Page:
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I saw similarities between the husband and wife in this one and the two friends out for a roadtrip in the hitch-hiker...in both cases you get two people who know each other extremely well and know exactly what the evening has in store for them and it's so normal and routine until something unexpected happens. I think that the idea of two innocent people verses fate is something that was only going to grow in prevalence in films from this point on. In some ways it was a reaction to post war and later cold war mentality of there being big things out in the world that were so much bigger than one person and that these things were dangerous and could kill you and there was absolutely nothing you could do to control them...the idea of your fate being entirely outside if your own hands in other words is a very scary proposition. 

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Yet another wonderful title by Jon.

 

FYI, I have fun creating the titles for each Daily Dose, and usually consider several titles before settling on the one I will use. The other title I was playing with for Daily Dose of Darkness #22 was Finders Keepers (but decided it was used too recently by Stephen King as the title of his latest novel).

 

But the full phrase "Finders Keepers, Losers Weepers" helps me consider some of the reasons why this film is aptly titled "Too Late for Tears."

Thanks Richard,  I've been making an effort on the titles because you've generally already came up with the better one. They started out as simple subject lines but I couldn't help having fun with them.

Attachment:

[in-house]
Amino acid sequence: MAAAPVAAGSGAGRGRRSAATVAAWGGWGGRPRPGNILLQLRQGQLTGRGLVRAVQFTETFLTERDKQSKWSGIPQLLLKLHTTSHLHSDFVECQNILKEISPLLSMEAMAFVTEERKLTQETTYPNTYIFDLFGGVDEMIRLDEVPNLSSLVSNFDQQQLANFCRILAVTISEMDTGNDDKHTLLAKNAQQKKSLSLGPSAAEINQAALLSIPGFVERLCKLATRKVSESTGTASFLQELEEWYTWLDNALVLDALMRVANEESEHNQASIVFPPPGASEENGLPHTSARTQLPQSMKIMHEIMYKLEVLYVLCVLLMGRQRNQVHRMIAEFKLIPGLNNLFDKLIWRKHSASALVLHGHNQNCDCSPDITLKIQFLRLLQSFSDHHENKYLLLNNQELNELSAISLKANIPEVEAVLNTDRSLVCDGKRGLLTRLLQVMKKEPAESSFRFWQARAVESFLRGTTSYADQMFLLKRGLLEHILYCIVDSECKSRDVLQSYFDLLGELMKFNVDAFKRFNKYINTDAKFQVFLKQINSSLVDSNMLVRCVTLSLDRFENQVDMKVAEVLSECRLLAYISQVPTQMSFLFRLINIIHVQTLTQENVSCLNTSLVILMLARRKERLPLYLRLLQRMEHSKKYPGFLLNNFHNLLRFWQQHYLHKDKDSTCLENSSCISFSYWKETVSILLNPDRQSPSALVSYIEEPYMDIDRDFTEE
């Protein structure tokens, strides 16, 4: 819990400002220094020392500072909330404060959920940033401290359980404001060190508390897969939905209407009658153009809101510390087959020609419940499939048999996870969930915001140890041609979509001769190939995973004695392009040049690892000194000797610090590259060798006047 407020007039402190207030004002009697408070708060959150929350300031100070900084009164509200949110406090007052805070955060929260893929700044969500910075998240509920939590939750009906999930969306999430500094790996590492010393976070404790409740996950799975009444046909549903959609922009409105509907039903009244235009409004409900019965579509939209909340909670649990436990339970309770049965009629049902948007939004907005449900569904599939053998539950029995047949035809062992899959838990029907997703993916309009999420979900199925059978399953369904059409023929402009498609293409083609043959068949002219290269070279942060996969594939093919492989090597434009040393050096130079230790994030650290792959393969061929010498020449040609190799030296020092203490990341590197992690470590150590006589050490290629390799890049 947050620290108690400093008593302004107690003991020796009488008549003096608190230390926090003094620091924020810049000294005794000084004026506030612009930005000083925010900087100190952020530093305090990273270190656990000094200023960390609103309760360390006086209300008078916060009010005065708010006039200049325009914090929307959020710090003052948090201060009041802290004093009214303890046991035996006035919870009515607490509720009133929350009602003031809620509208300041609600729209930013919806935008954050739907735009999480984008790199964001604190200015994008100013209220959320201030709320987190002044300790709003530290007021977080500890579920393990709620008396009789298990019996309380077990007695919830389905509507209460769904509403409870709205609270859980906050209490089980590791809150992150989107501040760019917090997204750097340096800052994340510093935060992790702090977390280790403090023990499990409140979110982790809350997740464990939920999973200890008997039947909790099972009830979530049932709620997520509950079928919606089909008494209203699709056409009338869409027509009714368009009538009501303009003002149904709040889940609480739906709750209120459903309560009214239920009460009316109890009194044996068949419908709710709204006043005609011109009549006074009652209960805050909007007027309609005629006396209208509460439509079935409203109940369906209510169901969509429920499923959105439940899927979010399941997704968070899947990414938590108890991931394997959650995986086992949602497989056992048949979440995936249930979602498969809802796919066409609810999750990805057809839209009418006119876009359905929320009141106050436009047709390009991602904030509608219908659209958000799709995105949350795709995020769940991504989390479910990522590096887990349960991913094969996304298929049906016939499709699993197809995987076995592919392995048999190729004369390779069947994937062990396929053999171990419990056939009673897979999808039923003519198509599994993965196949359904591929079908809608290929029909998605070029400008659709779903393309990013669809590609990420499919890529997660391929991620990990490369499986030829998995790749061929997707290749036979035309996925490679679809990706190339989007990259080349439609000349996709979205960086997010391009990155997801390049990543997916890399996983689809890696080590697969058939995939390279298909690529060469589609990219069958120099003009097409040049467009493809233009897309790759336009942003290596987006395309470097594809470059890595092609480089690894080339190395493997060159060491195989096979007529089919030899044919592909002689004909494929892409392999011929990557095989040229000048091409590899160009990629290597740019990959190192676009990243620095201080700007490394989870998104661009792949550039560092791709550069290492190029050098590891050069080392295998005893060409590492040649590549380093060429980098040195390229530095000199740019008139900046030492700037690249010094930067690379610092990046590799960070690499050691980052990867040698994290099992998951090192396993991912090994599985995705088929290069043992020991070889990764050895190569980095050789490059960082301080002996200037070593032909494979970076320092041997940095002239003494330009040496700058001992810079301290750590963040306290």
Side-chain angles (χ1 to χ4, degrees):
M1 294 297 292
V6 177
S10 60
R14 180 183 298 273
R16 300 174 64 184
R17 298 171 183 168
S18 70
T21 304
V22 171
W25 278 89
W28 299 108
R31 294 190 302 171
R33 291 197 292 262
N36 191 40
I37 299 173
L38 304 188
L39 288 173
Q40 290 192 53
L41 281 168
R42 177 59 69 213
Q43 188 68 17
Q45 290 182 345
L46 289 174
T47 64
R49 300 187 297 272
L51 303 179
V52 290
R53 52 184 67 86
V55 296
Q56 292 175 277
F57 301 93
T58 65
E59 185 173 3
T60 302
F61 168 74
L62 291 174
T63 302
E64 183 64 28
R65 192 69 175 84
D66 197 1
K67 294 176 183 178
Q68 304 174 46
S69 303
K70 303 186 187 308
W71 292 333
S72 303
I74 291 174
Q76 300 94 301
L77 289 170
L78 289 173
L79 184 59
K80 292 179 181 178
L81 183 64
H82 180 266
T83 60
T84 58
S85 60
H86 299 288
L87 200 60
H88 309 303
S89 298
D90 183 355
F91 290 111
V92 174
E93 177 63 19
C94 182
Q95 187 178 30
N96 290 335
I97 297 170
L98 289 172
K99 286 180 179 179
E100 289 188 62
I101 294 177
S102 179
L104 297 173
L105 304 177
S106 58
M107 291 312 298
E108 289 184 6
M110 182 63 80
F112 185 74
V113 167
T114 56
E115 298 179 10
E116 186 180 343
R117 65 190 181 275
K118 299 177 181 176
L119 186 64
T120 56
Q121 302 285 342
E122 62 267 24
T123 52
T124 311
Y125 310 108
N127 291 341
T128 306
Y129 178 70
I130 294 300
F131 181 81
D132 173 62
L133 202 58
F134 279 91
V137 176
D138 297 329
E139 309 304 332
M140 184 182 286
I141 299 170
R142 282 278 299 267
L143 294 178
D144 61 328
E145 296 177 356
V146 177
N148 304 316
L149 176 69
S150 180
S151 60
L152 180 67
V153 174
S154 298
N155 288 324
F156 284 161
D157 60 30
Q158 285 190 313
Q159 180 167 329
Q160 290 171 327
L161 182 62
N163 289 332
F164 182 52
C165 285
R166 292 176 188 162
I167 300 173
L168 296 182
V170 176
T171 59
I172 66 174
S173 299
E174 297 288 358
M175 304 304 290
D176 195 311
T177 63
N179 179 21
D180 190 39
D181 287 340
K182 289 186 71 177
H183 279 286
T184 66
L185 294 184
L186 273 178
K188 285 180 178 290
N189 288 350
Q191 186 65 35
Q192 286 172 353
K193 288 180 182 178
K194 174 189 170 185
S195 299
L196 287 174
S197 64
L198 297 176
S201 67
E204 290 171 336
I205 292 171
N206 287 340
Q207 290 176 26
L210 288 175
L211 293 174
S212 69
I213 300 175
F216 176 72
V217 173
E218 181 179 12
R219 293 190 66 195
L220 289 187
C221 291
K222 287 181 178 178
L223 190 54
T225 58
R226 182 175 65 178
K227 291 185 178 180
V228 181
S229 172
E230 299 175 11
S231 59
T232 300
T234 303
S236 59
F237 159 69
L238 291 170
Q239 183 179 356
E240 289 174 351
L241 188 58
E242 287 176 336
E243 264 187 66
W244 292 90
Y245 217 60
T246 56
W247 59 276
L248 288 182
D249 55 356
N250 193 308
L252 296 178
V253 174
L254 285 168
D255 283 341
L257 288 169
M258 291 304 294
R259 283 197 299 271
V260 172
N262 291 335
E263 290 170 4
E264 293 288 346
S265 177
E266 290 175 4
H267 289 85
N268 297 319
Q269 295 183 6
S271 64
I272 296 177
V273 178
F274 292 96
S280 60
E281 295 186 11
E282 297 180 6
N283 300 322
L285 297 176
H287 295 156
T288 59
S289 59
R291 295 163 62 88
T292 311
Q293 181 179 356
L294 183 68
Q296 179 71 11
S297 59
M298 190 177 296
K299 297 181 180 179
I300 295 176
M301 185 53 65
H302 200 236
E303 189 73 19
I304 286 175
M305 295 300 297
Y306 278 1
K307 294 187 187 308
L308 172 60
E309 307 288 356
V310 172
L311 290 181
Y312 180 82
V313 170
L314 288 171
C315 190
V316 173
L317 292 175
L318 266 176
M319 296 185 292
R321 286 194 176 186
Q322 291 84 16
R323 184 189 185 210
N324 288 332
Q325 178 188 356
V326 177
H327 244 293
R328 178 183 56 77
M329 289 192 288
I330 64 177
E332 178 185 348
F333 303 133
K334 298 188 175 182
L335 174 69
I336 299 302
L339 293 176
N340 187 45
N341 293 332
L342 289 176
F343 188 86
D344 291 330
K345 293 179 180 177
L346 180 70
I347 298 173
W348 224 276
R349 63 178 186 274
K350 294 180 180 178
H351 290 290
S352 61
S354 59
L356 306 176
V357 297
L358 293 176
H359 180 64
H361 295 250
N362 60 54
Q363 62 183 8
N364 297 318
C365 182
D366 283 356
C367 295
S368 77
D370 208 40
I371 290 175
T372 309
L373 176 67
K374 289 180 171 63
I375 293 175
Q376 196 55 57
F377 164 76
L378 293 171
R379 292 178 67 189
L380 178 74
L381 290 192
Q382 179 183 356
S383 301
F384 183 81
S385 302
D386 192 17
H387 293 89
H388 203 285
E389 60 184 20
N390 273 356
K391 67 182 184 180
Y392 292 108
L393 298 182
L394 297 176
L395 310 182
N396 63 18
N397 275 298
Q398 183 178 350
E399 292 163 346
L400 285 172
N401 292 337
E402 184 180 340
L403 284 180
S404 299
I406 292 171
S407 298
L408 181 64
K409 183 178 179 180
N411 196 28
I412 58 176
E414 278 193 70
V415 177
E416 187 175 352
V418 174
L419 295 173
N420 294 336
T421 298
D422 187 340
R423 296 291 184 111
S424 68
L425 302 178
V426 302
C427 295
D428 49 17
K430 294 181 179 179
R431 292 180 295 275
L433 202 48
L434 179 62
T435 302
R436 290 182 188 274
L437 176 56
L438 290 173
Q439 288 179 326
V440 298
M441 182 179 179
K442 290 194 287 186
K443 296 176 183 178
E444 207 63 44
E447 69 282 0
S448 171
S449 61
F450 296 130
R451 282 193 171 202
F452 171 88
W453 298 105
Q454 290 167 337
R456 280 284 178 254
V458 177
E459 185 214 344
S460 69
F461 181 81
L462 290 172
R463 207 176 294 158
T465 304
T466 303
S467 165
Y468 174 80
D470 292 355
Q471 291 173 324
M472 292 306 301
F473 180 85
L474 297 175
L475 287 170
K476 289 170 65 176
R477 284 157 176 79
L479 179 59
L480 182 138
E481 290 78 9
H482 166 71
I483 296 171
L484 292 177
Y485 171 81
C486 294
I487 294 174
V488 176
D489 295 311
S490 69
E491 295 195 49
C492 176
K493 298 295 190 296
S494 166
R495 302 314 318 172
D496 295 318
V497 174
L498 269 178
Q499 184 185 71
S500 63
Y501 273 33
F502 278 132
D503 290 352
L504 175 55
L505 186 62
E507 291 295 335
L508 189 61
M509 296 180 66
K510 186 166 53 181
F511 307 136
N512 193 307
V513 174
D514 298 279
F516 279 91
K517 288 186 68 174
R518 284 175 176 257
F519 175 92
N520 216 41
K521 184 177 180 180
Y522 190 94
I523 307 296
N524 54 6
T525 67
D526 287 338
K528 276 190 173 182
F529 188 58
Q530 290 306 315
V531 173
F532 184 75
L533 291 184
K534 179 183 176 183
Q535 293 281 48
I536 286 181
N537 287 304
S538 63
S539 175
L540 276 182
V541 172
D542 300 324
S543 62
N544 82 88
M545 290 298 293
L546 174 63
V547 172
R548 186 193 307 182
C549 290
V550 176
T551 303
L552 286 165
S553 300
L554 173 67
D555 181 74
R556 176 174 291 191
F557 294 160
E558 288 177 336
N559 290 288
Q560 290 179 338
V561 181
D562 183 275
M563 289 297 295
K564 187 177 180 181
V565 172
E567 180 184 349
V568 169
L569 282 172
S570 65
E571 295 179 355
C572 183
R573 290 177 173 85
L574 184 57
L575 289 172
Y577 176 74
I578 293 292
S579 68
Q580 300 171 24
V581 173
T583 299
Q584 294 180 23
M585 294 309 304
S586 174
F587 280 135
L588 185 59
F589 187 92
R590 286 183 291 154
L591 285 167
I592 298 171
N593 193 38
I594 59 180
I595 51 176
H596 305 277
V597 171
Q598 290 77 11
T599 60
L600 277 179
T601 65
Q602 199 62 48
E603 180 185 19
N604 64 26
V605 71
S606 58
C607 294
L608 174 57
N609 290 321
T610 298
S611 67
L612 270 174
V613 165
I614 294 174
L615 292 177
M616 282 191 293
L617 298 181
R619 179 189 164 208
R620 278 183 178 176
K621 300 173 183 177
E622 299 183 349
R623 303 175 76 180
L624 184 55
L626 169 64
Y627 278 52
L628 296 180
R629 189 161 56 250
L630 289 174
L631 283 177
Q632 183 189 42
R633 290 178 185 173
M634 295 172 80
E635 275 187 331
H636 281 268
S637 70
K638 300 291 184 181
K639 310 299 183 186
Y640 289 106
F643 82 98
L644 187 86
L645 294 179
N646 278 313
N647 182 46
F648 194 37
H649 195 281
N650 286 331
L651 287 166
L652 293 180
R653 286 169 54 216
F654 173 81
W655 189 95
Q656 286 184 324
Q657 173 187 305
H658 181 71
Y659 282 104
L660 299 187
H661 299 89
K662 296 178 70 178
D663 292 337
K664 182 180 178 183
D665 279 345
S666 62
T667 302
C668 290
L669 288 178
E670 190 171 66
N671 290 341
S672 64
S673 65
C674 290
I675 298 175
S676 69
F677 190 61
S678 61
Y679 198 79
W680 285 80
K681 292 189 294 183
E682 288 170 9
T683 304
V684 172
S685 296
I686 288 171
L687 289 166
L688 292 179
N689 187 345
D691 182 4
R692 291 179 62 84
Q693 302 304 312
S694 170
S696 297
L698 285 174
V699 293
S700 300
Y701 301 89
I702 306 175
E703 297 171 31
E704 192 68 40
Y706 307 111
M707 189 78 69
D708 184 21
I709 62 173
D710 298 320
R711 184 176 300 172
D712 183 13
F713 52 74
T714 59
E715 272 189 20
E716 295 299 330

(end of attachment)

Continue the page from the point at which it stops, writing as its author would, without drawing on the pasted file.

I did puzzle over the title of this film but it makes more sense if it's also an allusion to "losers weepers."

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Unlike the other film noir scenes we've seen, this twist of fate seems to be a blessing at first. They suddenly fell into a bag of money! It was only when we they realize that the money was meant for someone else that they are suddenly involved in something illegal that things go wrong. Twists of fate were common in film noir though they became increasing prevalent in the Cold War, where Communists were anywhere and there was no one you could really trust. 

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Just as any particular individual of a society envolved with war issues, everybody could be on fate's route. The fate to have a husband or a sun killed on action, or the fate to have a bag full of maney inside the car. They didn't asked for it, but it happened anyway. There's no way out of it.

 

The difference here is that the couple is not enclosured just like many others from similar scenes. In the end, they both get to escape from trouble with the bag full of money. For a quick moment they're feeling unbeatable.

 

Regarding the noir substance, it is clearly a manifestation of how that society wanted desperately run away from the war and its consequences. The couple is running away trouble just like American society was at that particular time. Thanks for letting audiences watch this masterpiece again more than helf a century later!

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"Why do you think unexpected incidents involving innocent people (such as today's couple) was such a popular postwar theme?"

 

I believe that why this format was so popular is the same reason it is popular today.  We all want to know how we would react if such a situation were thrust upon us.  We watch the characters and say, "I wouldn't do that," but do we REALLY know if we would react another way?  Also, I think we like watching how people react when put into certain situations.  We like to watch them either rise above, but it is so much more thrilling to watch the darker side come out and hope that that darker side wouldn't live within us if we encountered such a scenario.

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I find the subject of "innocence" for this film a bit of a red herring. In truth, Kathy and Alan were the only 2 true innocents in the story and even Alan had a moment of moral teetering. In truth, it is more about that late 40s/early 50s illusion of innocence. It's the belief that the world was going to be so much better after WWII, when in truth it was paranoia and depression hidden behind the ideas of happy families and white picket fences.